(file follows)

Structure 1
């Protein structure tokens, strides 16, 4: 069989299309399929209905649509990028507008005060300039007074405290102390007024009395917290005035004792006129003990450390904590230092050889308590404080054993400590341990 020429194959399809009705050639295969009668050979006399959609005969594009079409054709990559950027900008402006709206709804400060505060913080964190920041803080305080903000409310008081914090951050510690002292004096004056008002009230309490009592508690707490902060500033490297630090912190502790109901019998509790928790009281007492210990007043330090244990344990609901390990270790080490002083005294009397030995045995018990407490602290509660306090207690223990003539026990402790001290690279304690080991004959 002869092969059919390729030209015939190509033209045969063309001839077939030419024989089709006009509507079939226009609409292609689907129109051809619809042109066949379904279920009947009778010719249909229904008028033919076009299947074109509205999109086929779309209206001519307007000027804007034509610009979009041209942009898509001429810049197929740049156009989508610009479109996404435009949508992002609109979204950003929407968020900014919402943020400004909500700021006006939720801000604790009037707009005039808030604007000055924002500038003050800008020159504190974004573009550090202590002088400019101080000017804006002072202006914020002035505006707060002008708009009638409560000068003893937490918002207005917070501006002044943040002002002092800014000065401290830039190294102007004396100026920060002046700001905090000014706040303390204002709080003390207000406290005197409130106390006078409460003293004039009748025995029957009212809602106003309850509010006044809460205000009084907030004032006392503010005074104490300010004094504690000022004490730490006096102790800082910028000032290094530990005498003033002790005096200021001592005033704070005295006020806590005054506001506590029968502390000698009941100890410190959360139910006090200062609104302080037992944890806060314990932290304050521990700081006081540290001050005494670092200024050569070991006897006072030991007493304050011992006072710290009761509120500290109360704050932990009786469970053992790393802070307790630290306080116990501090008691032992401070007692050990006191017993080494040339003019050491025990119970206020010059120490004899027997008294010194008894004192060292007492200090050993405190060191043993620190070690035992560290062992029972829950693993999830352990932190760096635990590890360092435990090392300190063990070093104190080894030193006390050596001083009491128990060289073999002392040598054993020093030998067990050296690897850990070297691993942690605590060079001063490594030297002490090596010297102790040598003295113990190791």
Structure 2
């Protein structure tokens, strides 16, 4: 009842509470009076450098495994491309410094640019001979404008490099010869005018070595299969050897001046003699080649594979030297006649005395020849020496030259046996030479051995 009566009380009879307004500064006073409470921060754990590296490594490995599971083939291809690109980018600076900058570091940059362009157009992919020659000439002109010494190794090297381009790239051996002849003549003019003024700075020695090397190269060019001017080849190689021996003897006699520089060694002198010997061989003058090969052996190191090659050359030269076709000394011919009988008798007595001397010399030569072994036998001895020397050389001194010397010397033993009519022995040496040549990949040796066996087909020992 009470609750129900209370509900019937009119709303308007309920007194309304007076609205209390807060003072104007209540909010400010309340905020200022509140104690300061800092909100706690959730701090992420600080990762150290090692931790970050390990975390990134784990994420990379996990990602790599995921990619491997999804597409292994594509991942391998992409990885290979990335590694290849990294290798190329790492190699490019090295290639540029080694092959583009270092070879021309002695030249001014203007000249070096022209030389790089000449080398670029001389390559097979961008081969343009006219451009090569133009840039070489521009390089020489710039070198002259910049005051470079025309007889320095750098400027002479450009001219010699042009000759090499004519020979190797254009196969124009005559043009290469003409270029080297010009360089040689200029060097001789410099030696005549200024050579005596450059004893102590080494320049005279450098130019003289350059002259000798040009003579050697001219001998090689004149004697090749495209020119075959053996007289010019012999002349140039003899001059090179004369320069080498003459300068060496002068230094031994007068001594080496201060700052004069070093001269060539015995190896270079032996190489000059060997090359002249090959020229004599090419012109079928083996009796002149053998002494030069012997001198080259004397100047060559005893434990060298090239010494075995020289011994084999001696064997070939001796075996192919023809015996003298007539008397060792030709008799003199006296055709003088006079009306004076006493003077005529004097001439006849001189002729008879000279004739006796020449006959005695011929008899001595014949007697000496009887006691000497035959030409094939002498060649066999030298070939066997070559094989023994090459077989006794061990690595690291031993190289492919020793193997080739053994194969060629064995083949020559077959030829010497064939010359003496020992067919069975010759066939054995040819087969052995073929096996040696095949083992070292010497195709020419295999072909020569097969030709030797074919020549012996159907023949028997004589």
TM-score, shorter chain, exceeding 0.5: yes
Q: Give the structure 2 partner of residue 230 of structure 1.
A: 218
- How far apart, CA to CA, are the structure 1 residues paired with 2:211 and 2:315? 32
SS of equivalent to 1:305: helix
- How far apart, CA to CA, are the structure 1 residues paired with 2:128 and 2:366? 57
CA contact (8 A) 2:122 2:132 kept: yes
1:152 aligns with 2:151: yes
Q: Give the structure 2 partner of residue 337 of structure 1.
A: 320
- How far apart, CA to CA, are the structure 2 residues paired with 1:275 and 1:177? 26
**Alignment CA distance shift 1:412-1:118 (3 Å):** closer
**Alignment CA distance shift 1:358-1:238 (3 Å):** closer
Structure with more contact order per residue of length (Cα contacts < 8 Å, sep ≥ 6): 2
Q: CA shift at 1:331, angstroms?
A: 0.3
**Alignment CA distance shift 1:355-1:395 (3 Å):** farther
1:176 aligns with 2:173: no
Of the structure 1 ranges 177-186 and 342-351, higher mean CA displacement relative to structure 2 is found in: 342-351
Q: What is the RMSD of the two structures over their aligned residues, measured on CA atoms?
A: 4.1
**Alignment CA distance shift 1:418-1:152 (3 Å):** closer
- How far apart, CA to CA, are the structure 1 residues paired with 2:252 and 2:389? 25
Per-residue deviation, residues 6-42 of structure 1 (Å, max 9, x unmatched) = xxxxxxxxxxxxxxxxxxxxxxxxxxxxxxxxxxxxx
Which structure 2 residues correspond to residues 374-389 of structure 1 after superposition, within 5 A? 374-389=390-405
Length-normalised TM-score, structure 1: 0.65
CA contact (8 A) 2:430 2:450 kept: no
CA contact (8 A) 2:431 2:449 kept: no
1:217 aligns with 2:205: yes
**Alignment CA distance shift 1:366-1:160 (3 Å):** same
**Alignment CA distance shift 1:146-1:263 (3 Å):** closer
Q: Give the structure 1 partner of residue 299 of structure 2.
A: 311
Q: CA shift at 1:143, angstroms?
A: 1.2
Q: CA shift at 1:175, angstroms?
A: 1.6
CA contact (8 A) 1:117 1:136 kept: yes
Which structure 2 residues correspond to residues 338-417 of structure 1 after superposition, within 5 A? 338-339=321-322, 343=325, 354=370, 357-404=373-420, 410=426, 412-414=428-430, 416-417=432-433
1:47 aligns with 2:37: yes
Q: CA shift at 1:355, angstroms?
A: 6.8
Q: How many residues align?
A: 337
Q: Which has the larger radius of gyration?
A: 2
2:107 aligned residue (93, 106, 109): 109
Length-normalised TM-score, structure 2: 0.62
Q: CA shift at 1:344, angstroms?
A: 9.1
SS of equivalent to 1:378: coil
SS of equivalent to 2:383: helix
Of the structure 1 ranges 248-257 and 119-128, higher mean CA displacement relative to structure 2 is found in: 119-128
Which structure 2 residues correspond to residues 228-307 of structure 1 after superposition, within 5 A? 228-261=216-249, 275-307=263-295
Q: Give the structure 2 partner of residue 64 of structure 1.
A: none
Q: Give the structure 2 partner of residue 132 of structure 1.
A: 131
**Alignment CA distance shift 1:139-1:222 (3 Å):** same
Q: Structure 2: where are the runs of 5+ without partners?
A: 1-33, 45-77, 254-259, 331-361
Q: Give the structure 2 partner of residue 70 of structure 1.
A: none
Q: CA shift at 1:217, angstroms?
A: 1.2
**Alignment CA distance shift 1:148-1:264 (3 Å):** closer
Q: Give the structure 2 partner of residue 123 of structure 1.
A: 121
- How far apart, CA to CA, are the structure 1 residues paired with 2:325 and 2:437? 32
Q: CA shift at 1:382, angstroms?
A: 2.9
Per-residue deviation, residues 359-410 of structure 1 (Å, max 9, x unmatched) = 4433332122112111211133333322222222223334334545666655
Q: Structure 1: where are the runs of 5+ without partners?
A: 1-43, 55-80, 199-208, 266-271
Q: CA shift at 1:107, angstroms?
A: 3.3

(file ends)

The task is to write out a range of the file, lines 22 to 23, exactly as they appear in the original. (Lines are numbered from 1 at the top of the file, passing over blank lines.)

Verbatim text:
1:176 aligns with 2:173: no
Of the structure 1 ranges 177-186 and 342-351, higher mean CA displacement relative to structure 2 is found in: 342-351